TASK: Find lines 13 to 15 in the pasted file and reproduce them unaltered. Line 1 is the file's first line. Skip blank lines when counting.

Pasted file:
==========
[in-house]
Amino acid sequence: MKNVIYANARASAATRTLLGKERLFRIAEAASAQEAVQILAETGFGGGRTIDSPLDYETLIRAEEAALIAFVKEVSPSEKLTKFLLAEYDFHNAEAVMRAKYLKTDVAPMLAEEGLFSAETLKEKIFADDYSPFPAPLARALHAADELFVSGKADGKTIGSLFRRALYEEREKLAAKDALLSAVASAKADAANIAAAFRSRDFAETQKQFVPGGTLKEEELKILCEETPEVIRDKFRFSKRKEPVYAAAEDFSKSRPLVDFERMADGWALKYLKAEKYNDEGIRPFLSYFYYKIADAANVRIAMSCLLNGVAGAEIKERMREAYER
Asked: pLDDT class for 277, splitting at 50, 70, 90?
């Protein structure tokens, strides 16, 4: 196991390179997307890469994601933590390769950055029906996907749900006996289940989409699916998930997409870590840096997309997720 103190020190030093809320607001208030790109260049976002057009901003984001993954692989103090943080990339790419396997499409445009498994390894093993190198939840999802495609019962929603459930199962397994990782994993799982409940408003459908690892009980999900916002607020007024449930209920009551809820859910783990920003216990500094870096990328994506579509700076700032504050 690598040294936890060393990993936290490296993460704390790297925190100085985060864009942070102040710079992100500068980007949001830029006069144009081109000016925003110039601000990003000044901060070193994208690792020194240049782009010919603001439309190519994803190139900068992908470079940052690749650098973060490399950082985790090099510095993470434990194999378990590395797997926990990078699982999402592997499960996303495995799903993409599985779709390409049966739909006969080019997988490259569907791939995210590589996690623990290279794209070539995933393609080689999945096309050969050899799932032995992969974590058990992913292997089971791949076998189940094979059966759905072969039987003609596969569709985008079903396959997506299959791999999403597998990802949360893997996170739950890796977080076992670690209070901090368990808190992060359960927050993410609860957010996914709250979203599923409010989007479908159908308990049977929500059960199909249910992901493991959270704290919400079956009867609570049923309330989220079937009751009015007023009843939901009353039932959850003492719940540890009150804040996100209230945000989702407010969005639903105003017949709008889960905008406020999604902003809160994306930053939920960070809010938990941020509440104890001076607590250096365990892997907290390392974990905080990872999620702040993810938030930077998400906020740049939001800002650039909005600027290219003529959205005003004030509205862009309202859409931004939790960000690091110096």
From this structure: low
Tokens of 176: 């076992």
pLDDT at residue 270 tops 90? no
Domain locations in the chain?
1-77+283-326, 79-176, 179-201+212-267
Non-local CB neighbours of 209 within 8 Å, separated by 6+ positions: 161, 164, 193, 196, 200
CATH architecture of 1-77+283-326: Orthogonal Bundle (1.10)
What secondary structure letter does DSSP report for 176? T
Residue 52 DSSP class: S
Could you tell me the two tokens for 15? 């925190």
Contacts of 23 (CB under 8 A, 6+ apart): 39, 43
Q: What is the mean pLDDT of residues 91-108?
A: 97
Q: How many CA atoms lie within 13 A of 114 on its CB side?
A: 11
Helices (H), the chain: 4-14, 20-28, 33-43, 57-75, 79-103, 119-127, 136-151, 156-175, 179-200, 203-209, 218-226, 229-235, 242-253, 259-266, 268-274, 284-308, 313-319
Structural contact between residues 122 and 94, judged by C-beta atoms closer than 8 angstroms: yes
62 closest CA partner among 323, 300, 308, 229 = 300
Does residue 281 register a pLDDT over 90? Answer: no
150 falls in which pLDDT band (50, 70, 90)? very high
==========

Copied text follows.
Residue 52 DSSP class: S
Could you tell me the two tokens for 15? 């925190």
Contacts of 23 (CB under 8 A, 6+ apart): 39, 43